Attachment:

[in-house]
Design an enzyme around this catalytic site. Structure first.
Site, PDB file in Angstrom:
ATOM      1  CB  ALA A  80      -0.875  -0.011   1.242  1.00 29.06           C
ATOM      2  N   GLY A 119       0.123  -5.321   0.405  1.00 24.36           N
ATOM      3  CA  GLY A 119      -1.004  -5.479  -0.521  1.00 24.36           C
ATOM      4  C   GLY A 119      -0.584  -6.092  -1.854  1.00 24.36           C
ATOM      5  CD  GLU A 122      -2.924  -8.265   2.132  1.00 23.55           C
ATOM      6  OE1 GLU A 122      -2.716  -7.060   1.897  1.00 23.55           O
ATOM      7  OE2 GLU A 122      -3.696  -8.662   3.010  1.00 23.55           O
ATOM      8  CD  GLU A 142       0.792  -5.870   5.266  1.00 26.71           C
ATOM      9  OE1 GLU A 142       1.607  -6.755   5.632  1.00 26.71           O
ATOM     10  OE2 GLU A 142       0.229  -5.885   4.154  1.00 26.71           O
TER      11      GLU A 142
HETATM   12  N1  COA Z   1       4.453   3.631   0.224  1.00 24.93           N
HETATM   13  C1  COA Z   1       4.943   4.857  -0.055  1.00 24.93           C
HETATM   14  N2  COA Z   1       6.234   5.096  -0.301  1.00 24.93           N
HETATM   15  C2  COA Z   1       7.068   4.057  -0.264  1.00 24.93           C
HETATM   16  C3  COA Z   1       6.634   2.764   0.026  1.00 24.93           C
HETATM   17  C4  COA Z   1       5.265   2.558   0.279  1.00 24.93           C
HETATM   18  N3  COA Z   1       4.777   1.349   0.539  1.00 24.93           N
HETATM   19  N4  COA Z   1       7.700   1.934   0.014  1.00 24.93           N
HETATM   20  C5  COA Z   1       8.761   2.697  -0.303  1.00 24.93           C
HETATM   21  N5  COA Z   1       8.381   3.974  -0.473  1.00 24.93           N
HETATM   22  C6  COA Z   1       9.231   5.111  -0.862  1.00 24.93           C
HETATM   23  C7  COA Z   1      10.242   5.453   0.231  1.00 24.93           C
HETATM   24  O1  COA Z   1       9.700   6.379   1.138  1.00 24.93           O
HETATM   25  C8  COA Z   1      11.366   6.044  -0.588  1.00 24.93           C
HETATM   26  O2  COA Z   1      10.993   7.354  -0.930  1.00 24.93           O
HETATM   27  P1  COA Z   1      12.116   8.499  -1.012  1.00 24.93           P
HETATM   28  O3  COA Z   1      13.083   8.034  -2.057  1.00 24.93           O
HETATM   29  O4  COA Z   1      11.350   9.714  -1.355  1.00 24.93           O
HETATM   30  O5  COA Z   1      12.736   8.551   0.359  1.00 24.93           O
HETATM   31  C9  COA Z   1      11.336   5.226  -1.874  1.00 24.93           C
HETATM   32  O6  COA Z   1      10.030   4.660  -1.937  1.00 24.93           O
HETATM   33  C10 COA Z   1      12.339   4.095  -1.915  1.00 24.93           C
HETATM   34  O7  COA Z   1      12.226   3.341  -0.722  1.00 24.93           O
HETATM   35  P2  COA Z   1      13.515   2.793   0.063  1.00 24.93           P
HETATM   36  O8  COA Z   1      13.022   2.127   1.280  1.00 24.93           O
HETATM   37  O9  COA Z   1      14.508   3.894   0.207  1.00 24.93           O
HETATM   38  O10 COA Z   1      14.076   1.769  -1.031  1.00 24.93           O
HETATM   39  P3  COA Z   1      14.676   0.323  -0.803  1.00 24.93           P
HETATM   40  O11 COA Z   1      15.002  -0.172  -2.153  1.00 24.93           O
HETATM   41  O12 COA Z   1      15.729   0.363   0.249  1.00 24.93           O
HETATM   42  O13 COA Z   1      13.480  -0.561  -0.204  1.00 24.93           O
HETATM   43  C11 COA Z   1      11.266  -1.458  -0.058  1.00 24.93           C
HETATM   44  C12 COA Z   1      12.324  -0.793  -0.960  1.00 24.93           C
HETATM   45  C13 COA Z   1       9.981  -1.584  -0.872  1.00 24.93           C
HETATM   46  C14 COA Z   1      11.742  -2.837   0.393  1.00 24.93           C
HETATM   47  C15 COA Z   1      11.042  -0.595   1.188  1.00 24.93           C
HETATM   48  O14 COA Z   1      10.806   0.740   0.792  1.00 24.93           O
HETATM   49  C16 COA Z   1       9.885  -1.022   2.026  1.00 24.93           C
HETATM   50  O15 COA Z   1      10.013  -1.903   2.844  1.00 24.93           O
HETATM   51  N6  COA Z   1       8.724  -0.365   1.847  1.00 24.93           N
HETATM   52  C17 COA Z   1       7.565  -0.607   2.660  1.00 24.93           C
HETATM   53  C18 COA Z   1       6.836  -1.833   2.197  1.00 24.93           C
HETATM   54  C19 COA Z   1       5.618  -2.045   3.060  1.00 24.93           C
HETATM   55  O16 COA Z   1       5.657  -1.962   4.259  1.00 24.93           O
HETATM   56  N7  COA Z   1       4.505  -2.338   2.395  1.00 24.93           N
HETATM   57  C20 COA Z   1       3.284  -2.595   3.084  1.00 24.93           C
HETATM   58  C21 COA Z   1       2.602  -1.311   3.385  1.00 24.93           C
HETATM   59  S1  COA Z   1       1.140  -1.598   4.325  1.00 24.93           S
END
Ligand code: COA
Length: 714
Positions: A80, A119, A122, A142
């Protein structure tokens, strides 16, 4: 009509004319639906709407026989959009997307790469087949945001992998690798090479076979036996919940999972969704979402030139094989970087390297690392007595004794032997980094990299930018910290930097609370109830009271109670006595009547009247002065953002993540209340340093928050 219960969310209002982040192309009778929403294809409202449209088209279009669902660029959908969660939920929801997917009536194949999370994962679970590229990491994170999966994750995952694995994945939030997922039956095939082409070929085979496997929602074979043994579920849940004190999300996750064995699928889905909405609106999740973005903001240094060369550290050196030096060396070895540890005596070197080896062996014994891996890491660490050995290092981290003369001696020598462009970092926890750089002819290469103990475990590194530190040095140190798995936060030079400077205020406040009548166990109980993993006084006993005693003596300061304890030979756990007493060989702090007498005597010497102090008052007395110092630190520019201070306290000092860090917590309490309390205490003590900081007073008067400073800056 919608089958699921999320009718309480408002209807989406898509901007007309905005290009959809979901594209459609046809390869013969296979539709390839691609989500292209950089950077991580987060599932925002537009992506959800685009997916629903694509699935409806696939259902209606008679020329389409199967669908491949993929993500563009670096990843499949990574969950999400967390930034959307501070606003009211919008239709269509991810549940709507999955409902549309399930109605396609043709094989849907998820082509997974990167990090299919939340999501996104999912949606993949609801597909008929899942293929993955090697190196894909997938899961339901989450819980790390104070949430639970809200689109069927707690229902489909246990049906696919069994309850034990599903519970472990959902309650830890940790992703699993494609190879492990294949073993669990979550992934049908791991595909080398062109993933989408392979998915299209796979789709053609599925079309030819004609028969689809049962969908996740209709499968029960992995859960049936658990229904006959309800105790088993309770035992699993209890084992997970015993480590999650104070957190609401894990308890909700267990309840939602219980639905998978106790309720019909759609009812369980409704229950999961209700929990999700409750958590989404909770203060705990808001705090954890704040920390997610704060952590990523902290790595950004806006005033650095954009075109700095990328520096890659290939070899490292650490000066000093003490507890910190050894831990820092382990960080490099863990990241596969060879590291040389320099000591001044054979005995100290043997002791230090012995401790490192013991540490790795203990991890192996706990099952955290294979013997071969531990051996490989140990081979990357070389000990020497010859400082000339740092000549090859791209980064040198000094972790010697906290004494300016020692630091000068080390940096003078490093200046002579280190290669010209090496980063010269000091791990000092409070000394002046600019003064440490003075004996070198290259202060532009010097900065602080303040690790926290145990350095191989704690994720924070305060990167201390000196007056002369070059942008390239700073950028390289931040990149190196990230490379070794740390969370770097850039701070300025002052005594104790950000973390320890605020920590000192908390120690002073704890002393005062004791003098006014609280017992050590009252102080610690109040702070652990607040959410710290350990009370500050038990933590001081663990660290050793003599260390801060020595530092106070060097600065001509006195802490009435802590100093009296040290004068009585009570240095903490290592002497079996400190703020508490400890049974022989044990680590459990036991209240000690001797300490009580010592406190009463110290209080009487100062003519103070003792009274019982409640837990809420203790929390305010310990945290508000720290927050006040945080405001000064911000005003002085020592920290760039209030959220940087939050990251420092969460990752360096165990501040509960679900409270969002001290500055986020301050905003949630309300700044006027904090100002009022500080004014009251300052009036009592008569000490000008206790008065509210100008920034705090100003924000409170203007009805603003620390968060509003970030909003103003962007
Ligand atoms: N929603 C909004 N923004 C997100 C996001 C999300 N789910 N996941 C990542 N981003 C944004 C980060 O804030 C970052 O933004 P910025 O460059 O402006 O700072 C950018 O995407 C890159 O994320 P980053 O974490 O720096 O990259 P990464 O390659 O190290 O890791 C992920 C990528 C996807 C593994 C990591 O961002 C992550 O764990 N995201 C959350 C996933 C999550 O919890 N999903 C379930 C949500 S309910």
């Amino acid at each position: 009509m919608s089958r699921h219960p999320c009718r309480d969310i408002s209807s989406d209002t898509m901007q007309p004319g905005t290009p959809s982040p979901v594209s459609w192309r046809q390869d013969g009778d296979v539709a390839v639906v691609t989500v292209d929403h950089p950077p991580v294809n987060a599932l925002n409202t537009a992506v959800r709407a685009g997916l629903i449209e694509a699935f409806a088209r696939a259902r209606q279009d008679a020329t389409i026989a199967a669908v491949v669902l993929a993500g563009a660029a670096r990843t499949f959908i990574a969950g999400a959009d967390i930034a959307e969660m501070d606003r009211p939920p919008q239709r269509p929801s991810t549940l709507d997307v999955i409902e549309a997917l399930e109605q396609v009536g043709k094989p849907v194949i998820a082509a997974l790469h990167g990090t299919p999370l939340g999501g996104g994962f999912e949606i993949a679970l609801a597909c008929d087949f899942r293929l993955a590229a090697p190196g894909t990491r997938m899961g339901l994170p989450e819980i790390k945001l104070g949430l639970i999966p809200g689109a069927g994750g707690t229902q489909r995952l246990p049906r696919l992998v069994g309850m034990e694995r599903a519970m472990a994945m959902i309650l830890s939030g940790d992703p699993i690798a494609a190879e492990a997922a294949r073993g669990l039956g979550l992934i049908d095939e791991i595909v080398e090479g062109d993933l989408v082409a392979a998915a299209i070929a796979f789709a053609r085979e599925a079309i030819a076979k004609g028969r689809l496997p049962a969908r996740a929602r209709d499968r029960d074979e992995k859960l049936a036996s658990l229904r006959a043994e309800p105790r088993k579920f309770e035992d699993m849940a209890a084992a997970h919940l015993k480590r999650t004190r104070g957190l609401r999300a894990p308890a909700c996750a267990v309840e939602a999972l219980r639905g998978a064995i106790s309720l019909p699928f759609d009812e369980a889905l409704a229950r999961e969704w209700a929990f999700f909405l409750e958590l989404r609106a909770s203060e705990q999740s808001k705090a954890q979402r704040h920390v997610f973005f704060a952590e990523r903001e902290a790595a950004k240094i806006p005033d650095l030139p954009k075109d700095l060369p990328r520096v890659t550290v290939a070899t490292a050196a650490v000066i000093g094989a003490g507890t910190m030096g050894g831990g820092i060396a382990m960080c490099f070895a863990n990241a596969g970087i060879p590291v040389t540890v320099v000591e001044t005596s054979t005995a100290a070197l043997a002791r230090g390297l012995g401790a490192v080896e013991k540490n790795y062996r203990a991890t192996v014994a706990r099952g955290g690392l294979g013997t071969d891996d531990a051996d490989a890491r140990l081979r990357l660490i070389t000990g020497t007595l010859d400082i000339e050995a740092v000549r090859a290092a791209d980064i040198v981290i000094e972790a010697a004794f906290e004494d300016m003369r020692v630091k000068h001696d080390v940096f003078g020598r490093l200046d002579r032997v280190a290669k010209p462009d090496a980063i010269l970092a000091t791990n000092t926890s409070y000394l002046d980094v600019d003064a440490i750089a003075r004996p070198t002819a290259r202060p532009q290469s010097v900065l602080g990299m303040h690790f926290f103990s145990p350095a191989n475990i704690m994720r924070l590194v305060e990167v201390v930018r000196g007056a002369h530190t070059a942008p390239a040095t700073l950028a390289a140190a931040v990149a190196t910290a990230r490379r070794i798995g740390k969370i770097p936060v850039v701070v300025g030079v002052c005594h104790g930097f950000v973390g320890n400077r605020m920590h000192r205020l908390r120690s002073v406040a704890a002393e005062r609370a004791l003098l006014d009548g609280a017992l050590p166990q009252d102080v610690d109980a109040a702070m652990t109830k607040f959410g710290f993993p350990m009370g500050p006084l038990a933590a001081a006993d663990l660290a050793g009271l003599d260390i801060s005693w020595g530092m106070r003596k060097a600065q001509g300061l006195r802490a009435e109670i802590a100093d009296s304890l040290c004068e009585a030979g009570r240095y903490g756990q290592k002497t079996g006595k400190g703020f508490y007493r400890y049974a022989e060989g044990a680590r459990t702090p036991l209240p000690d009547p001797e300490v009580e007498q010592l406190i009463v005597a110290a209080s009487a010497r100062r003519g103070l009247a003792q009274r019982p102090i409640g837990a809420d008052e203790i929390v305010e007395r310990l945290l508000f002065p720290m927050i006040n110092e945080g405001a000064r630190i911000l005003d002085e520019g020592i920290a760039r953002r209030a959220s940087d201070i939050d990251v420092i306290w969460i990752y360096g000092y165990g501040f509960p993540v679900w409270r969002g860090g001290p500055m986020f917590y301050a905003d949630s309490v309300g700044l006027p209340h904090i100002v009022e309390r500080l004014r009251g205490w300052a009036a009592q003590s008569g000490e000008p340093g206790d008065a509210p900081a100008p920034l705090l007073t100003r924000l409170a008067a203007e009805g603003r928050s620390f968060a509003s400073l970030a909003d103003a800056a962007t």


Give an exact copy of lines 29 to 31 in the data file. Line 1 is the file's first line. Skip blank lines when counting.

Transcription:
HETATM   26  O2  COA Z   1      10.993   7.354  -0.930  1.00 24.93           O
HETATM   27  P1  COA Z   1      12.116   8.499  -1.012  1.00 24.93           P
HETATM   28  O3  COA Z   1      13.083   8.034  -2.057  1.00 24.93           O